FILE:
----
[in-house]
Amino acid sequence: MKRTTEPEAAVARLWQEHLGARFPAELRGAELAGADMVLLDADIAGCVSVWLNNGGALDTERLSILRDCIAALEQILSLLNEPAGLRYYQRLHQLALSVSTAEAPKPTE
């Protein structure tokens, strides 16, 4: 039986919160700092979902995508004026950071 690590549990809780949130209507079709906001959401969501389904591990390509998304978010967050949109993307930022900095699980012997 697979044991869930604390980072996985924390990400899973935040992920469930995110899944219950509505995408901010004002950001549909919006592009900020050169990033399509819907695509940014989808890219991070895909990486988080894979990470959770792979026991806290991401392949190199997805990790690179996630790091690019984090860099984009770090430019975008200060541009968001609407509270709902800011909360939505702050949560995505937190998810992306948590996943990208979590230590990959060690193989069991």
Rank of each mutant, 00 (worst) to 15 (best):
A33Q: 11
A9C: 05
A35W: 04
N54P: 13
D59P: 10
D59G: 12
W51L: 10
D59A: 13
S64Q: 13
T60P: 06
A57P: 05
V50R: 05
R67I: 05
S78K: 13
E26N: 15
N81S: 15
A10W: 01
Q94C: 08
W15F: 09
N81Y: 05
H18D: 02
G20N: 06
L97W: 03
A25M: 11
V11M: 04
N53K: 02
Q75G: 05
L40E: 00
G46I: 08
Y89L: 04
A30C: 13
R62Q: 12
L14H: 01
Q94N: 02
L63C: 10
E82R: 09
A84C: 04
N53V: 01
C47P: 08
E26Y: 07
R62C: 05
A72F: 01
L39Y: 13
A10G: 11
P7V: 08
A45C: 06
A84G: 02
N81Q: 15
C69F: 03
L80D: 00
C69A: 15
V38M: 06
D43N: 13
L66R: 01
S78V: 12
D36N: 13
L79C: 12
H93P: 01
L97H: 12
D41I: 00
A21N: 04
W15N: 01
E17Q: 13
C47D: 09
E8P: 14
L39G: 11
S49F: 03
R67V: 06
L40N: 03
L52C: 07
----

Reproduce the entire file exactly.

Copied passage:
[in-house]
Amino acid sequence: MKRTTEPEAAVARLWQEHLGARFPAELRGAELAGADMVLLDADIAGCVSVWLNNGGALDTERLSILRDCIAALEQILSLLNEPAGLRYYQRLHQLALSVSTAEAPKPTE
């Protein structure tokens, strides 16, 4: 039986919160700092979902995508004026950071 690590549990809780949130209507079709906001959401969501389904591990390509998304978010967050949109993307930022900095699980012997 697979044991869930604390980072996985924390990400899973935040992920469930995110899944219950509505995408901010004002950001549909919006592009900020050169990033399509819907695509940014989808890219991070895909990486988080894979990470959770792979026991806290991401392949190199997805990790690179996630790091690019984090860099984009770090430019975008200060541009968001609407509270709902800011909360939505702050949560995505937190998810992306948590996943990208979590230590990959060690193989069991």
Rank of each mutant, 00 (worst) to 15 (best):
A33Q: 11
A9C: 05
A35W: 04
N54P: 13
D59P: 10
D59G: 12
W51L: 10
D59A: 13
S64Q: 13
T60P: 06
A57P: 05
V50R: 05
R67I: 05
S78K: 13
E26N: 15
N81S: 15
A10W: 01
Q94C: 08
W15F: 09
N81Y: 05
H18D: 02
G20N: 06
L97W: 03
A25M: 11
V11M: 04
N53K: 02
Q75G: 05
L40E: 00
G46I: 08
Y89L: 04
A30C: 13
R62Q: 12
L14H: 01
Q94N: 02
L63C: 10
E82R: 09
A84C: 04
N53V: 01
C47P: 08
E26Y: 07
R62C: 05
A72F: 01
L39Y: 13
A10G: 11
P7V: 08
A45C: 06
A84G: 02
N81Q: 15
C69F: 03
L80D: 00
C69A: 15
V38M: 06
D43N: 13
L66R: 01
S78V: 12
D36N: 13
L79C: 12
H93P: 01
L97H: 12
D41I: 00
A21N: 04
W15N: 01
E17Q: 13
C47D: 09
E8P: 14
L39G: 11
S49F: 03
R67V: 06
L40N: 03
L52C: 07